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Smart Buildings Save Energy

What if the buildings we live and work in could understand our habits and use this information to conserve energy? That’s the idea behind Human-Building Interaction (HBI), according to a recent Center for Energy and Environment (CEE) report.

What is HBI?

What is HBIHBI is a way of thinking about the design of a building based on its use. The process studies the way occupants interact with the building to determine ways to encourage energy savings. By understanding the motivations that drive the occupants’ actions, the building’s designers can respond with innovative solutions to promote more efficient energy use within the building.

The HBI Process

The HBI ProcessSpecifically, HBI involves a five-step process of empathizing with users, defining problems, coming up with possible solutions and then prototyping and testing the results. The process requires an understanding of factors like user motivation, ability and triggers, so that these can be incorporated into effective, energy-saving product design.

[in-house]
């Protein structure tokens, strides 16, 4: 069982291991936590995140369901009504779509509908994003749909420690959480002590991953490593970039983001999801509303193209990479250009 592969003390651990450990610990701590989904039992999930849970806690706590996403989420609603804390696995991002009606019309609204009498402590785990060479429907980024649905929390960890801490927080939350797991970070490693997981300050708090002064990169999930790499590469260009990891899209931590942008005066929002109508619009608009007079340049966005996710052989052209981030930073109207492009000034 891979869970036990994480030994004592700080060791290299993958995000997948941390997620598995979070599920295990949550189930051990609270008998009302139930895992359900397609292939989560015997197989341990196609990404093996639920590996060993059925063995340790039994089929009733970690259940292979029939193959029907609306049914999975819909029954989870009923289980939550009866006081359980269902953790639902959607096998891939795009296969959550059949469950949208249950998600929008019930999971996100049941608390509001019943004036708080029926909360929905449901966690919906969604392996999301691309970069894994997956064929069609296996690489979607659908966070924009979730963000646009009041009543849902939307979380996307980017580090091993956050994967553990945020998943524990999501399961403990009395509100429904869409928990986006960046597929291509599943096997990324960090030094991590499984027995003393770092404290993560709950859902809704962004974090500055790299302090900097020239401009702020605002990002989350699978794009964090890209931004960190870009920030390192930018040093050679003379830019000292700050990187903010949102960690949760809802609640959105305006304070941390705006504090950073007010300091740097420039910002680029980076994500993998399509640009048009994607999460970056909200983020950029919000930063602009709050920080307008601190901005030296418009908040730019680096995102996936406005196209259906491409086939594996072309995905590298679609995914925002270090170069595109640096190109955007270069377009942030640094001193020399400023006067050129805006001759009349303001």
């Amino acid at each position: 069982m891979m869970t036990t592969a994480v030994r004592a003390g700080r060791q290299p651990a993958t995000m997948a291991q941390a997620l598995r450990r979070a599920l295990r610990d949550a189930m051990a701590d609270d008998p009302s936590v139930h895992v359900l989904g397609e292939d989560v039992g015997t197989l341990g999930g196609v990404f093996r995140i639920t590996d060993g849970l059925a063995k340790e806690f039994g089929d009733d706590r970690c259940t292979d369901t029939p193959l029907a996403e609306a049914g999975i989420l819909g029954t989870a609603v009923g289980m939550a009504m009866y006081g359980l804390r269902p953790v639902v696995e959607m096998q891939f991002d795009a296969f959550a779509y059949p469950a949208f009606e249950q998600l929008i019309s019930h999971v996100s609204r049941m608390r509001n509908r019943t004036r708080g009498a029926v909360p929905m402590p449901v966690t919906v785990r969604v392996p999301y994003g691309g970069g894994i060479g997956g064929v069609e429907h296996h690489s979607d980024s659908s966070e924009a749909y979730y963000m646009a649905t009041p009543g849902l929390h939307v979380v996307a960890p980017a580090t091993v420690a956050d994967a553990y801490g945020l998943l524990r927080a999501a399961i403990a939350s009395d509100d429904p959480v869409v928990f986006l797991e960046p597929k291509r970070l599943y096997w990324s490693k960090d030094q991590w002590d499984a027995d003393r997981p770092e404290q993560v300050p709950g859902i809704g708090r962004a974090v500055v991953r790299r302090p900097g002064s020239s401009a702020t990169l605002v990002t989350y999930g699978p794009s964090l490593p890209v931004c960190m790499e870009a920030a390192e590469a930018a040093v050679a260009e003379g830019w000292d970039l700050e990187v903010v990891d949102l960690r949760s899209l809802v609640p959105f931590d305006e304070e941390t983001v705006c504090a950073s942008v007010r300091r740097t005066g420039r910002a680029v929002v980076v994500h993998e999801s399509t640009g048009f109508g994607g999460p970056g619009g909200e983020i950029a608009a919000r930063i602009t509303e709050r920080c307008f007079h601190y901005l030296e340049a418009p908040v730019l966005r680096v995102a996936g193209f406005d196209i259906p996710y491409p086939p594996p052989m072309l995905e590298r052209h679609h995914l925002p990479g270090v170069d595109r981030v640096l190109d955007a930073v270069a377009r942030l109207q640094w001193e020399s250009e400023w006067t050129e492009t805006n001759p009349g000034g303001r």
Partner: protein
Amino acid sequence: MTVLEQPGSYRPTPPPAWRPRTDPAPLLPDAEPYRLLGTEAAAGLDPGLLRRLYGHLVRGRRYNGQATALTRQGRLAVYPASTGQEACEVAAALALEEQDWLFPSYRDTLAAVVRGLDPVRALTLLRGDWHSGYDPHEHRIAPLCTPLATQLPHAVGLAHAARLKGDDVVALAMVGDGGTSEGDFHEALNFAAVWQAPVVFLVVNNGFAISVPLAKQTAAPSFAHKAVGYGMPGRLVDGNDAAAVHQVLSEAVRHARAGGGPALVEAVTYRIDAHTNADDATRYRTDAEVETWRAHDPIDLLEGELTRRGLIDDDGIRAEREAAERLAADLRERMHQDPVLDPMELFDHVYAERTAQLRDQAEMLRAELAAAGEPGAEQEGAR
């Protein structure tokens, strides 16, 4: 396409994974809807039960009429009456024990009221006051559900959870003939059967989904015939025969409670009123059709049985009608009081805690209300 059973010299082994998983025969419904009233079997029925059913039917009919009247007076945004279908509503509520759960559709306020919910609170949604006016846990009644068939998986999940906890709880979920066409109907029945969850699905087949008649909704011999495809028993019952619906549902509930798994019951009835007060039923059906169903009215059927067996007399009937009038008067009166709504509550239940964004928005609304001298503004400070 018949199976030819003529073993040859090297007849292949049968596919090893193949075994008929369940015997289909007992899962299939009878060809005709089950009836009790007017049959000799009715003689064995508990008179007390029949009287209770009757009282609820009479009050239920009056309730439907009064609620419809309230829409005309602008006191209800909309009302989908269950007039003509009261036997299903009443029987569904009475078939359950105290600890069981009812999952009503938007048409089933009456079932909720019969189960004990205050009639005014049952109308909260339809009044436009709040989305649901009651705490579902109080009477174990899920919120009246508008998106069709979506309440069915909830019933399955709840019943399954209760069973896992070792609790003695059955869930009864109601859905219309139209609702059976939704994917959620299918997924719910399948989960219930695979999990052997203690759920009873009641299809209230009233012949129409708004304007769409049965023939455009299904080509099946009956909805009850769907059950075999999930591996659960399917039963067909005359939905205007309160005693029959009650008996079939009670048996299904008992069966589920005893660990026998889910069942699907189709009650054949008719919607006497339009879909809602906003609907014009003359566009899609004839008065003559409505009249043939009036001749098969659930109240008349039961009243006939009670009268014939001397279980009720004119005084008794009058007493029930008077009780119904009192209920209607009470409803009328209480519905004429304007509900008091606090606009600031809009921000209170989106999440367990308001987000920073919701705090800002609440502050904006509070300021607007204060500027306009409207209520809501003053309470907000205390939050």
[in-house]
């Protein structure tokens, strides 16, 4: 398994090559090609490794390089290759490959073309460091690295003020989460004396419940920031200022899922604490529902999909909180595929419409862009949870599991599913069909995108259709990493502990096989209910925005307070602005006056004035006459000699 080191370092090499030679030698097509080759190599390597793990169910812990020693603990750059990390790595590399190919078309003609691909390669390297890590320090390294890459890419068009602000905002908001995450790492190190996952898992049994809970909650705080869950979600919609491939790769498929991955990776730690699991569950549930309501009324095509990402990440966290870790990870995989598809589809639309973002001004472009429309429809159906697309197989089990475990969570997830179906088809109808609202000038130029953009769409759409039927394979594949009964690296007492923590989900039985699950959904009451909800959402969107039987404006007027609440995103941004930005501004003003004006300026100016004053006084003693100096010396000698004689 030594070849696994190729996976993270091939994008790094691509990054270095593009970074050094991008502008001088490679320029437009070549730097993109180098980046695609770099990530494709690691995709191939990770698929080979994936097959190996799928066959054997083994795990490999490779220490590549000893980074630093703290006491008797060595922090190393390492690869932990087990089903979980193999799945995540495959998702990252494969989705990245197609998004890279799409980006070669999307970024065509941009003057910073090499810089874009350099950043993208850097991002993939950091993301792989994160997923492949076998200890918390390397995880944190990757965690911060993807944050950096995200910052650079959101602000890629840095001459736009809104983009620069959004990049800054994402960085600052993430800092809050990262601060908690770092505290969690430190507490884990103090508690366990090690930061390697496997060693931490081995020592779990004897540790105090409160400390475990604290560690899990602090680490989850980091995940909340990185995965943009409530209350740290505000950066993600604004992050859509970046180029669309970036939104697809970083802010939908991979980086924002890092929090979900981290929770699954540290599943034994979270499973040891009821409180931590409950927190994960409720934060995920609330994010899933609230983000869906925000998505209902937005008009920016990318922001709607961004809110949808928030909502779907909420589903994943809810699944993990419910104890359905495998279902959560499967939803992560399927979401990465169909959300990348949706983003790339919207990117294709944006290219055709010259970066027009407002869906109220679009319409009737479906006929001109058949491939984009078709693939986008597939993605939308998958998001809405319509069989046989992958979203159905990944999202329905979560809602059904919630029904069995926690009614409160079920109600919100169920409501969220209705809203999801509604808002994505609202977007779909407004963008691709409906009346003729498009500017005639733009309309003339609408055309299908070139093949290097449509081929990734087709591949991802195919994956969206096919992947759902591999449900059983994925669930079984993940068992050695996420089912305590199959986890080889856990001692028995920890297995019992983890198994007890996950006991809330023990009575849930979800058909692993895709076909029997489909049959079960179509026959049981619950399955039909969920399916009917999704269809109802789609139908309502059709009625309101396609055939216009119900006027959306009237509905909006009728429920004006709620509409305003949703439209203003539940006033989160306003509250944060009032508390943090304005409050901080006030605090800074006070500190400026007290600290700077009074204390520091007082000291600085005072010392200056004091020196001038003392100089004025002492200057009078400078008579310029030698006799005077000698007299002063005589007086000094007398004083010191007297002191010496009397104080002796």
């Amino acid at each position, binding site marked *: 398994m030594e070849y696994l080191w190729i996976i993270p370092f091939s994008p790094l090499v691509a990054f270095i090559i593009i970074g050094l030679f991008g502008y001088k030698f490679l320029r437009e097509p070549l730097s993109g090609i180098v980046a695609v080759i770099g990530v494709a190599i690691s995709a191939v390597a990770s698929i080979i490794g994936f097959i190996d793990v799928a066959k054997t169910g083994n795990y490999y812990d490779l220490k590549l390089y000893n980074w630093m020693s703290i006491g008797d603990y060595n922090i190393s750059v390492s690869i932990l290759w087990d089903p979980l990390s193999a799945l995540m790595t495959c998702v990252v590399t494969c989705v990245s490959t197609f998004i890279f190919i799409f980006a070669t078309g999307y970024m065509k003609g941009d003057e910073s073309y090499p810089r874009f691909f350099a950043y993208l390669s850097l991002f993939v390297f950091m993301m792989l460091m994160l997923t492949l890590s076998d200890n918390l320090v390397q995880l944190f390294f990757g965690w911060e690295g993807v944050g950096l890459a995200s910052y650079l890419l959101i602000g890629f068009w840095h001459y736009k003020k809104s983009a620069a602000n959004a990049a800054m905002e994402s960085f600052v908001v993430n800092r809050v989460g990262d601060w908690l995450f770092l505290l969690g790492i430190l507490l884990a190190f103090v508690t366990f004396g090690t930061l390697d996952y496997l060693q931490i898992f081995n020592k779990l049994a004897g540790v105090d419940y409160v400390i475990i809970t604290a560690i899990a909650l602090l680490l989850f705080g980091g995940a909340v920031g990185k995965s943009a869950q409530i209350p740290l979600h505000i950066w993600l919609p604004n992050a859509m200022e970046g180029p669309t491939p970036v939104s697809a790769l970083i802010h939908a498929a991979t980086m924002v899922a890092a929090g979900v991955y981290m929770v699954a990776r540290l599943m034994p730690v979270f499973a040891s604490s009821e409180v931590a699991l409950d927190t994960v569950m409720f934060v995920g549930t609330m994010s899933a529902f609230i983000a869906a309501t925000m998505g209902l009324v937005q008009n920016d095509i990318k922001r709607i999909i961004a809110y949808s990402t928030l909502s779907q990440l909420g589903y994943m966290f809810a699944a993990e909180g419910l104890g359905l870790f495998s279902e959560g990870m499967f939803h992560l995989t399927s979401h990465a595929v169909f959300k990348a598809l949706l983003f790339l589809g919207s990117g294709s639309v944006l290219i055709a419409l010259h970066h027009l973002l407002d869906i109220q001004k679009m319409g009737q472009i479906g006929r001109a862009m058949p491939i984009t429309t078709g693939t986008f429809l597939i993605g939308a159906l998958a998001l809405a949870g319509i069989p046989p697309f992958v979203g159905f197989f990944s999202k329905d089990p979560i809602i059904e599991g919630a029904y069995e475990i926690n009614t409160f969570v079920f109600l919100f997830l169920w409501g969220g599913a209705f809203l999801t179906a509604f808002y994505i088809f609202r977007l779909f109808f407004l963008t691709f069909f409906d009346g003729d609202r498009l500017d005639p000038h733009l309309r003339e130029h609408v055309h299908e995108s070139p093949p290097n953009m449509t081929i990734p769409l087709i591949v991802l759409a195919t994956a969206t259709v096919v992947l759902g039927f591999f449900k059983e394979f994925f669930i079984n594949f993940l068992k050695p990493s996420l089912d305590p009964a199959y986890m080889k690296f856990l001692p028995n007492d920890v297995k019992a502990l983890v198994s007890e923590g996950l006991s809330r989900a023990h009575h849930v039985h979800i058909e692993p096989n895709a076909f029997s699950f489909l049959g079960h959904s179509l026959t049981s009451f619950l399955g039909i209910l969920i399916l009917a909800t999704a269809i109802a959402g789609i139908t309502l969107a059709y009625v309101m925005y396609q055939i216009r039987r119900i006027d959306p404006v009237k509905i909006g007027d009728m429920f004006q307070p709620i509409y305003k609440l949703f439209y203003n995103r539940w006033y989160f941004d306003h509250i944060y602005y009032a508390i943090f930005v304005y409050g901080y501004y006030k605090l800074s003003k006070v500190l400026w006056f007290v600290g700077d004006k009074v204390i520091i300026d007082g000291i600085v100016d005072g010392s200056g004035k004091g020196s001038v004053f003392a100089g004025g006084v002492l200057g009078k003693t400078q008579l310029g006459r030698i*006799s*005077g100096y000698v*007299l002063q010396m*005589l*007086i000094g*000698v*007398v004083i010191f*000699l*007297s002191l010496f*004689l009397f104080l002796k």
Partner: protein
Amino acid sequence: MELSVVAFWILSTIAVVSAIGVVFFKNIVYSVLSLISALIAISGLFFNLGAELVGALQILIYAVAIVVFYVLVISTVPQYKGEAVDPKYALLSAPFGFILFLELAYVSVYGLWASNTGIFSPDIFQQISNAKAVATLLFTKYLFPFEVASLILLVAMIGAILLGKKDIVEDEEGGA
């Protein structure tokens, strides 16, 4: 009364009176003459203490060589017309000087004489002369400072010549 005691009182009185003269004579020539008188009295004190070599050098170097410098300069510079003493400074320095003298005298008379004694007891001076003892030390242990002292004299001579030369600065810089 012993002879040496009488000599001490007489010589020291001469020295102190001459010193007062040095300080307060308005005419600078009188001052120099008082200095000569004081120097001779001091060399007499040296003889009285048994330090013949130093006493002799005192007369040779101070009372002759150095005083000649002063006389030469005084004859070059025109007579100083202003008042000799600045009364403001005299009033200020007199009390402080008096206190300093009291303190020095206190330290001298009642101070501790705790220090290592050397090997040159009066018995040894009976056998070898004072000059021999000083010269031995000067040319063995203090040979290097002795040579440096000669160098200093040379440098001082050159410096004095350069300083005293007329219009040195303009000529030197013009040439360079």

How HBI Developed

How HBI DevelopedThe concept behind HBI is similar to one created by Tony Fadell, a former Senior Vice President at Apple. Fadell became frustrated by ugly, complicated-to-use thermostats while building a “super-energy efficient” house. Working together with former Apple colleague, Matt Rogers, Fadell developed a new way for occupants to interact with a building’s thermostats. The result was the Nest Learning Thermostat, which created a whole new market for smart thermostats. The company was later purchased by Google for $3.2 billion.

The Future of HBI

The Future of HBIThanks to tech-savvy consumers accustomed to smart technologies, advanced automation and social media, the CEE report predicts that the Human-Building Interaction movement will continue to grow. It’s entirely possible that, in the future, HBI will delve even deeper into our use of buildings to develop even smarter, more effective ways to conserve energy.

“Understanding these trends and anticipating the changing landscape of how we interact with buildings,” the report explains, “is crucial to creating innovative energy efficient products and facilitating and maintaining energy saving practices and services.”

Here’s where to learn more about the Nest thermostat and Human-Building Interaction.

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